A Bradford teenager is using a home 3D printer bought as a birthday present to produce vital Personal Protective Equipment for local hospitals, GP practices, pharmacies and care homes.
Since April, Harvey Ryder (18), a former Hanson Academy student who lives in Bradford, has joined forces with other local residents to produce 1,500 visors to protect local health care professionals from Covid-19 infection while working on the front lines.
A student of UTC Leeds, the University Technical College for 14-19 year olds that specialises in employer-led engineering studies, Harvey is studying A Levels in Maths, Physics and Double Engineering and has been using the design and prototyping skills learned through college to bring his visor production to life.
After enlisting the support of friends with 3D printers and given access to UTC facilities – which opened for just a few hours each day to support the project and increase production– Harvey is now calling out for materials from Bradford firms to help support with spiralling costs and continued production.
Harvey said: “The equipment we’re producing is to protect key workers from the particles which are transmitted through coughs and sneezes and help to reduce their chance of infection – so far our deliveries have included Bradford Royal Infirmary, Huddersfield Royal, Leeds General Infirmary, Barkerend GP practice and local care homes. But a real challenge for us is rocketing costs and demand for materials since we started back in April.
“Prices of A4 binder sheets have tripled due to problems with importing and shipping so we’ve needed to look for alternative materials for production. Sourcing A4 binder covers or any other PVC A4 sheets is a challenge - alongside 2.85mm PLA 3D printer filament. Medium sized cardboard boxes would also be a great help for us with distribution.”
He added: “If Bradford businesses could support by donating any of these supplies, we know we can continue producing to help meet the huge demand across the district and the wider region.”
Harvey’s manufacturing process involves using the 3D printer to make the ‘headband’ and then attaching A4 sheets of clear plastic binder covers or laminating sheets to protect the face. “We started a Facebook group to handle orders and donations and soon found other Bradford residents with 3D printers wanted to help,” Harvey explained. “We initially raised around £700 on Facebook and were then supported by the college and allowed limited use of the premises to help with production.”
Harvey’s “can do” attitude and ability to galvanise the local community has been praised by business leaders, the local council, business groups and BIDs across the district who, as part of the new drive to reinforce the restart, renew and rebuild process are sharing experiences and best practice using the hashtag #TogetherBradfordCan to increase the spread of positive recovery news.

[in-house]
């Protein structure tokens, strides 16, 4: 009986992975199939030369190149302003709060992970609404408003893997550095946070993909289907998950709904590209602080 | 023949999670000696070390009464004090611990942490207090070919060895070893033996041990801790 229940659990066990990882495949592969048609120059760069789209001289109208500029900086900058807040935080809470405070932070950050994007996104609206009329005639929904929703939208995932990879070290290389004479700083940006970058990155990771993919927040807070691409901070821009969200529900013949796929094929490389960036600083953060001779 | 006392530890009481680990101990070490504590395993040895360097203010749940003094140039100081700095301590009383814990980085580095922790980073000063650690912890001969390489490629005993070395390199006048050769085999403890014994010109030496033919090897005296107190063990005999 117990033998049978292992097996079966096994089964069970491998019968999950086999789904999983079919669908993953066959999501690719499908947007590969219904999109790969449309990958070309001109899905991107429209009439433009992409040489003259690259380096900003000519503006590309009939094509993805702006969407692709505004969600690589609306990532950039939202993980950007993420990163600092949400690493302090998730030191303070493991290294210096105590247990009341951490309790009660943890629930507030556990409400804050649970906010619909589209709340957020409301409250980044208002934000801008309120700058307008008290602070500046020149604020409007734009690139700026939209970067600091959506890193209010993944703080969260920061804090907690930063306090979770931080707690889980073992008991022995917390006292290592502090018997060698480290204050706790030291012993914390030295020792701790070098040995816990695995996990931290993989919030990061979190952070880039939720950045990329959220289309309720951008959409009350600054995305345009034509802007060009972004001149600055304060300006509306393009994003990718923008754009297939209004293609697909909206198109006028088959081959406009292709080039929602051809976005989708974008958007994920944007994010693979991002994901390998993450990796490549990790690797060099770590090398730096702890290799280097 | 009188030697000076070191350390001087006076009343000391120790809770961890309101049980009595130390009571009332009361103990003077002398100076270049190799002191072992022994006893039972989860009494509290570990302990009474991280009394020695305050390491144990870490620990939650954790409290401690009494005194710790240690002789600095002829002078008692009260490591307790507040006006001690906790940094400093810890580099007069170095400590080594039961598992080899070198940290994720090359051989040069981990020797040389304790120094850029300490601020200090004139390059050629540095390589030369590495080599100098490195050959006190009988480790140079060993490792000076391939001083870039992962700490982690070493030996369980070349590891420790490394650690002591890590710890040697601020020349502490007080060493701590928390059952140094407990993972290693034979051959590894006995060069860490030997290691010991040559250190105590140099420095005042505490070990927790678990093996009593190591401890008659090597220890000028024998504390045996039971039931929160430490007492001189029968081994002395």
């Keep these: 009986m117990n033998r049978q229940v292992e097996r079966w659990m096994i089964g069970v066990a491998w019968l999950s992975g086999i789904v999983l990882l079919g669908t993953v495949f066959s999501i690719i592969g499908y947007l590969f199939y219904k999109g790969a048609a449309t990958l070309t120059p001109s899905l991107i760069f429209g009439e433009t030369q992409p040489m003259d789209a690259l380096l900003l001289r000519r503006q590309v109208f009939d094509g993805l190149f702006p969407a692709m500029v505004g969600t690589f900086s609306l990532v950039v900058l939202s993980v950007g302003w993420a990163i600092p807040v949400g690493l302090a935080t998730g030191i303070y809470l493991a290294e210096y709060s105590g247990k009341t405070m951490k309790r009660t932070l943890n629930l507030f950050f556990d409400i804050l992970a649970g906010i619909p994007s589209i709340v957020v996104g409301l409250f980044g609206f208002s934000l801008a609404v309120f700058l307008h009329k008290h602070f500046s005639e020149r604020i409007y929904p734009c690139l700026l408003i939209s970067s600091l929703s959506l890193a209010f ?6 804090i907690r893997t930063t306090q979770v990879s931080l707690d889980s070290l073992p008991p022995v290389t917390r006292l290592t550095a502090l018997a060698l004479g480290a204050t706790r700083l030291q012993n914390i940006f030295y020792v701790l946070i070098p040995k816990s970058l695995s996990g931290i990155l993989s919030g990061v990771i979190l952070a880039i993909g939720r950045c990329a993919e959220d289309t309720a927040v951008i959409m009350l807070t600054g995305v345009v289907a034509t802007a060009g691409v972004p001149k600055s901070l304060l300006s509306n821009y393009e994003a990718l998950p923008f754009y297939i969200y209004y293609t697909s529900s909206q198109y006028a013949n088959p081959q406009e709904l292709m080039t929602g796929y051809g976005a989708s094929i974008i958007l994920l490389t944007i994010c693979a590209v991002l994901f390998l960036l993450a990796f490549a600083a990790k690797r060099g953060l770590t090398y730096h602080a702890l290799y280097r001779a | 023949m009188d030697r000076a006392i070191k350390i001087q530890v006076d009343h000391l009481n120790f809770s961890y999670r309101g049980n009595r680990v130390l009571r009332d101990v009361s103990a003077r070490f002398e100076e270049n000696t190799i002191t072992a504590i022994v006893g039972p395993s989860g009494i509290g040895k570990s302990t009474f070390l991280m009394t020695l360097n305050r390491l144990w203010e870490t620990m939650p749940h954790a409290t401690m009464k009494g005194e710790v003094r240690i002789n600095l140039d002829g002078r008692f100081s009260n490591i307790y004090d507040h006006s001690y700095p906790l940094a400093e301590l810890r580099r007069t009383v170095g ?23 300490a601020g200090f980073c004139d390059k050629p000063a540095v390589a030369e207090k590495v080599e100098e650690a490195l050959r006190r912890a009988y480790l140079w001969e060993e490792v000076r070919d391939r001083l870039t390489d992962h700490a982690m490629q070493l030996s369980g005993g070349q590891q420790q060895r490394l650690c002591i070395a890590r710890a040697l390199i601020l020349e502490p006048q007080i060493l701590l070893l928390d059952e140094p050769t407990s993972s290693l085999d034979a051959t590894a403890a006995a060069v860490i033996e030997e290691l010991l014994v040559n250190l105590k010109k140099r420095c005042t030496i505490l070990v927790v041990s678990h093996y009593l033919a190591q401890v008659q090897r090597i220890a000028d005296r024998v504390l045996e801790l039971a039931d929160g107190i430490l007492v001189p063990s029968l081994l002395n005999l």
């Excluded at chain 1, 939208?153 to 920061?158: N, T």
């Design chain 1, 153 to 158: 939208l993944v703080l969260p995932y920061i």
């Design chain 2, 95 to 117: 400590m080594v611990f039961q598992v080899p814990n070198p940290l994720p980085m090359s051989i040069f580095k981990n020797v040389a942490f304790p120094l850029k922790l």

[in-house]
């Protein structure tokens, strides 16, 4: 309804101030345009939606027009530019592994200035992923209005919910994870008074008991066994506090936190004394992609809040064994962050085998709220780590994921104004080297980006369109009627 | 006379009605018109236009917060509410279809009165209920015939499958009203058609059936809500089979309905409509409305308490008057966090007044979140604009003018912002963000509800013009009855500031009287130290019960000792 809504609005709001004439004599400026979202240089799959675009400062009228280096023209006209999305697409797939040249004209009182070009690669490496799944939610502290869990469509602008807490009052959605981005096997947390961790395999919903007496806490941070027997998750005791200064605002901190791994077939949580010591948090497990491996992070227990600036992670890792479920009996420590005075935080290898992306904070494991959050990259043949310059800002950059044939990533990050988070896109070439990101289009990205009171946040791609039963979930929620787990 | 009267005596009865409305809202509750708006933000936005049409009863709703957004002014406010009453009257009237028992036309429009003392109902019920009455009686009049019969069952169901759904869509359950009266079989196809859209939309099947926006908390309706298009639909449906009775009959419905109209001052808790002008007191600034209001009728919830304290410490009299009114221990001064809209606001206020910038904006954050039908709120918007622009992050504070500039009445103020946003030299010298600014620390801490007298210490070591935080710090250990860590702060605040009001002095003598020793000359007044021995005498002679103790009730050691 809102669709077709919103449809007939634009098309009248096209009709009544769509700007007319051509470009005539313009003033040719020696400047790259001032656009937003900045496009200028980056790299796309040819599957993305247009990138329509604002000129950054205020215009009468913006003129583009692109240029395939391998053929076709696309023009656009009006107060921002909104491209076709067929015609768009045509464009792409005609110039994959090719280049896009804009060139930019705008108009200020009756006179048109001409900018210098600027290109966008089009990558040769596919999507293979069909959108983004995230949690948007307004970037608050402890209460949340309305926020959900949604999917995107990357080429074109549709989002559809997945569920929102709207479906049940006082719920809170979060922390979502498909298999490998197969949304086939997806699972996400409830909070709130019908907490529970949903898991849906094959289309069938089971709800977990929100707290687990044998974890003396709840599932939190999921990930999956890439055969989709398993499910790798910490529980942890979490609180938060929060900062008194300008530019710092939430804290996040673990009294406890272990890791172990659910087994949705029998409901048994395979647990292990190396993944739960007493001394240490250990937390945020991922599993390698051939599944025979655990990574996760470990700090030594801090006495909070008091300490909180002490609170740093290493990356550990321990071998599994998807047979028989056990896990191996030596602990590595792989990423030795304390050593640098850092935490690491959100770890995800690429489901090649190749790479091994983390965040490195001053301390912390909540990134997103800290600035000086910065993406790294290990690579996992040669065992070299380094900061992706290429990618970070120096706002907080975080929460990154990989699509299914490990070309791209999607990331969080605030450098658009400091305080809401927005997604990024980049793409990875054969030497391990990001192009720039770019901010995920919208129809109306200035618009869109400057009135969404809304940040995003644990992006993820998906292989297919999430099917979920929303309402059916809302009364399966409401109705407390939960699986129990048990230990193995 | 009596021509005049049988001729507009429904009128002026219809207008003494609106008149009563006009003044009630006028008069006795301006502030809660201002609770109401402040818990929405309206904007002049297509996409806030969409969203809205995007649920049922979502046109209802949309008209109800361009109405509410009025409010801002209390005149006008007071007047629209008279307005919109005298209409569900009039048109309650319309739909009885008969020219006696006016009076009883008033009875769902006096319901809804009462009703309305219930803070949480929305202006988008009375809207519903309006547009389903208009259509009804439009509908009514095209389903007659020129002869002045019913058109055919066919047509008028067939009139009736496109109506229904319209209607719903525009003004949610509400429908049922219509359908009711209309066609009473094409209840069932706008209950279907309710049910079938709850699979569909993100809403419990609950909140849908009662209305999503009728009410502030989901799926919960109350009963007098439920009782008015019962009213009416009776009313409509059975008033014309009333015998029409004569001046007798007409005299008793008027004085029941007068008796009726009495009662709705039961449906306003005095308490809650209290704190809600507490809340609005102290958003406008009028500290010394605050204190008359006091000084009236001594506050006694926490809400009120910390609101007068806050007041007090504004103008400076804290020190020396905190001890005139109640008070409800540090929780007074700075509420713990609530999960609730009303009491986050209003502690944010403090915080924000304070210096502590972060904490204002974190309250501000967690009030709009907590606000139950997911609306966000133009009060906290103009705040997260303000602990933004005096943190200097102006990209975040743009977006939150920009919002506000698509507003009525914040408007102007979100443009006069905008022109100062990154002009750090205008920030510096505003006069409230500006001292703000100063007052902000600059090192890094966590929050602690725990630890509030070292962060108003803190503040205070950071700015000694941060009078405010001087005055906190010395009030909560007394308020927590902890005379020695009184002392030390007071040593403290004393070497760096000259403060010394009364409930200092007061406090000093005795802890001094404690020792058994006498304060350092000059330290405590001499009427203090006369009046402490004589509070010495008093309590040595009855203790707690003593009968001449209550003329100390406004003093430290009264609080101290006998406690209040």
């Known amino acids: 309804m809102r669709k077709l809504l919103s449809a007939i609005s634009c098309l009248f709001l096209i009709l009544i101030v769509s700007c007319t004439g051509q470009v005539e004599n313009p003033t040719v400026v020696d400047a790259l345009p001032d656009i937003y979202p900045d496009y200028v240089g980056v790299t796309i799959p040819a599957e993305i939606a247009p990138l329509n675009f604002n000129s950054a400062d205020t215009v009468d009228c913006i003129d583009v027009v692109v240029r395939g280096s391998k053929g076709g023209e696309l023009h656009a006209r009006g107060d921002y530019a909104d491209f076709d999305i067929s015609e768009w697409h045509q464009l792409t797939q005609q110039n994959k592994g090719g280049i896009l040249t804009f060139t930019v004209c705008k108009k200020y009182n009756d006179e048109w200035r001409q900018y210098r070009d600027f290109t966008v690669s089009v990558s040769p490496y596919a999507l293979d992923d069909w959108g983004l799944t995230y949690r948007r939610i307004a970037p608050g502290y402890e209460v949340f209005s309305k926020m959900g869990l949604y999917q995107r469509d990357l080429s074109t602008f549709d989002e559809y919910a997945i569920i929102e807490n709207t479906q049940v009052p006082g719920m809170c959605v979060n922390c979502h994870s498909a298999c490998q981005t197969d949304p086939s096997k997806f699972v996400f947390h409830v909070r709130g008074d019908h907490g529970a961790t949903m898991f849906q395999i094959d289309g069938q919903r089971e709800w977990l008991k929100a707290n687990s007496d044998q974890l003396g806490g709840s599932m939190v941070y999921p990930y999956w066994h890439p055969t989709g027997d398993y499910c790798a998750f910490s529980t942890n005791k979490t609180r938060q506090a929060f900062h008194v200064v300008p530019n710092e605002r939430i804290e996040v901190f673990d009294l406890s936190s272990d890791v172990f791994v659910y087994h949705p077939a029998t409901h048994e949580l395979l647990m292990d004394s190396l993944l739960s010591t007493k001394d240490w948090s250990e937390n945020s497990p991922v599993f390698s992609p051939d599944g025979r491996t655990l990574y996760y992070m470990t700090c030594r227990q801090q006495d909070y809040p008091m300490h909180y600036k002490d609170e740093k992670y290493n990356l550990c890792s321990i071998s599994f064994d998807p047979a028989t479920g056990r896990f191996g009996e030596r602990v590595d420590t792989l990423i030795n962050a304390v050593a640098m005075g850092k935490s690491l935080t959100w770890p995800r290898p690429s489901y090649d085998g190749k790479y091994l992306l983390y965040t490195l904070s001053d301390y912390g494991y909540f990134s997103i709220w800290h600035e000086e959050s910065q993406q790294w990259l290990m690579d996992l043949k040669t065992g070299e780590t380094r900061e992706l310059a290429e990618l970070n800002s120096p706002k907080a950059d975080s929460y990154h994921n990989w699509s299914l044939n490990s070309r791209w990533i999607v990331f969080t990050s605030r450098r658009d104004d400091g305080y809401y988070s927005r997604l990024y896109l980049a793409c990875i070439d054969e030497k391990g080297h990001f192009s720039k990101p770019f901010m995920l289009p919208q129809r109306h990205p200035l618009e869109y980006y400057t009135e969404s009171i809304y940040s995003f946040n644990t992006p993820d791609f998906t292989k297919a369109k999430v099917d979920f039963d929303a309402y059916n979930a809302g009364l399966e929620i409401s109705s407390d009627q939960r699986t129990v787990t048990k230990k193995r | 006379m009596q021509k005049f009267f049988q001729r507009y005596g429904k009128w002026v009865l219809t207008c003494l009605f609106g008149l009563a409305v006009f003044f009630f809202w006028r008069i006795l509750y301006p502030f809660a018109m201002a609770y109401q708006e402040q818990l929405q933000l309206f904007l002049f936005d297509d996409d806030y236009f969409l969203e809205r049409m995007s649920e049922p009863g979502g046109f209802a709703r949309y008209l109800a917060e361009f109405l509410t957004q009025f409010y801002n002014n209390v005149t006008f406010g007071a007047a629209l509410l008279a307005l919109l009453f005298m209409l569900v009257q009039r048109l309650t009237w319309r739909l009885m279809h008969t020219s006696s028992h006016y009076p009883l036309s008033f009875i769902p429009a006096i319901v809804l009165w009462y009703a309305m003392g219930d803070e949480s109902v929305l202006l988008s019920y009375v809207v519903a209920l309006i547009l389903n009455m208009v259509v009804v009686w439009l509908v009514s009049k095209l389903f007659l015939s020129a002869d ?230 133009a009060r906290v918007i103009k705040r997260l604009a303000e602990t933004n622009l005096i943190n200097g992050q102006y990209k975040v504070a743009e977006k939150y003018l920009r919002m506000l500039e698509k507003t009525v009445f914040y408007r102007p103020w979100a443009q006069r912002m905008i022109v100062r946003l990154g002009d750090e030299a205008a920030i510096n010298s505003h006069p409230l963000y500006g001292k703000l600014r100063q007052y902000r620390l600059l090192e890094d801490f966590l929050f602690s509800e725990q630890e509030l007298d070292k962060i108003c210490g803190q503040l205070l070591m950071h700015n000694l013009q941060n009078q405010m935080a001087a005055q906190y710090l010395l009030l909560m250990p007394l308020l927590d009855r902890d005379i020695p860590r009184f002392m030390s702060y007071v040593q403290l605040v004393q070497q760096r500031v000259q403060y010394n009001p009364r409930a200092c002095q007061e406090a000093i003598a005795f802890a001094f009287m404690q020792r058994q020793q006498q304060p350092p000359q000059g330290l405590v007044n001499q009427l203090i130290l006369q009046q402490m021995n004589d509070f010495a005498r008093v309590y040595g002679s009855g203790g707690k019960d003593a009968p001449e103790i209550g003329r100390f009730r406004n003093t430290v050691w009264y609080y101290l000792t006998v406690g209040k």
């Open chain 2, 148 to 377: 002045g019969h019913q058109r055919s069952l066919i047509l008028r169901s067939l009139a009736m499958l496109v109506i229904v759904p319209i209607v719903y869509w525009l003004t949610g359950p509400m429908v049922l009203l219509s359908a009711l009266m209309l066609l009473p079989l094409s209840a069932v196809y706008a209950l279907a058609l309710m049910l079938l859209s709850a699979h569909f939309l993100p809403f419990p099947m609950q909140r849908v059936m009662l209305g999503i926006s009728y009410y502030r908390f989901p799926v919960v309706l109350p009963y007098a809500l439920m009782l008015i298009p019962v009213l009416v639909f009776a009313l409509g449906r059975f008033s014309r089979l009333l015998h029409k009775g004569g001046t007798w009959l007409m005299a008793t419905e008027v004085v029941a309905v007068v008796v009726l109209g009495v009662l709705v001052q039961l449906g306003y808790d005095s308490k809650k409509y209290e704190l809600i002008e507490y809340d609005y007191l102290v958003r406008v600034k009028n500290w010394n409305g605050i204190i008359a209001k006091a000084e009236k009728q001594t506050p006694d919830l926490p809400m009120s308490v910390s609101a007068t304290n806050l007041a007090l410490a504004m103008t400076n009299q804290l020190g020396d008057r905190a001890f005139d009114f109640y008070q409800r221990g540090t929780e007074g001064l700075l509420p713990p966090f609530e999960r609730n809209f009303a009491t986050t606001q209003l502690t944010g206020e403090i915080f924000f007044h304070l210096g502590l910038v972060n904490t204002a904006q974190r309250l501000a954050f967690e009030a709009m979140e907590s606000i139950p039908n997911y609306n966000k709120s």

Councillor Alex Ross-Shaw, Portfolio Holder for Regeneration, Planning and Transport for Bradford Council, said: “Bradford is the UK’s youngest city and Harvey is a great example of our young entrepreneurs putting their spirit to good uses and demonstrating, through this crisis, that “Together Bradford Can”. His initiative demonstrates just what can be achieved using local resources and has inspired a generation – and a business community – with his PPE making project which will help to protect key workers across our district.”
Sandy Needham, Chief Executive of Bradford Chamber of Commerce, added: “Harvey is a wonderful example of a new generation of designers, engineers and manufacturers who embrace today’s digital technology to innovate, produce and supply resources which are vital to the functionality of our region and the country.
“Bradford is home to 1,225 manufacturers and engineering businesses and together with organisations such as the University of Bradford and UTC Leeds, are educating, inspiring and facilitating a new era of production brilliance in our young people. This is why our very own Bradford Manufacturing Weeks is such an important initiative which encourages young people to look closely at the opportunities for a rewarding career right here on their doorstep. It’s important that we recognise and support young role models like Harvey as he represents the future of manufacturing and engineering in our district, our region and our country.”
Harvey added: “My motivation for printing PPE equipment was always to help key workers. What I didn’t expect was to inspire younger generations to consider a career in engineering! I’m so pleased we are genuinely making a difference to people who are working on the front line and that providing this service has unexpectedly helped to put engineering on the map by demonstrating that this industry is about problem solving and helping others – and in this instance, helping to keep people safe.”
Harvey has been offered a place at the University of Southampton to study Aeronautics and Astronautics before becoming a fast jet pilot for the RAF.
UTC Leeds Principal, Hannah Wilson, added: “Harvey is an exceptional student who will make a valuable and lifelong contribution to society and the engineering industry. We are extremely proud of his efforts to support key workers during this difficult time and we’re delighted that we can support him.”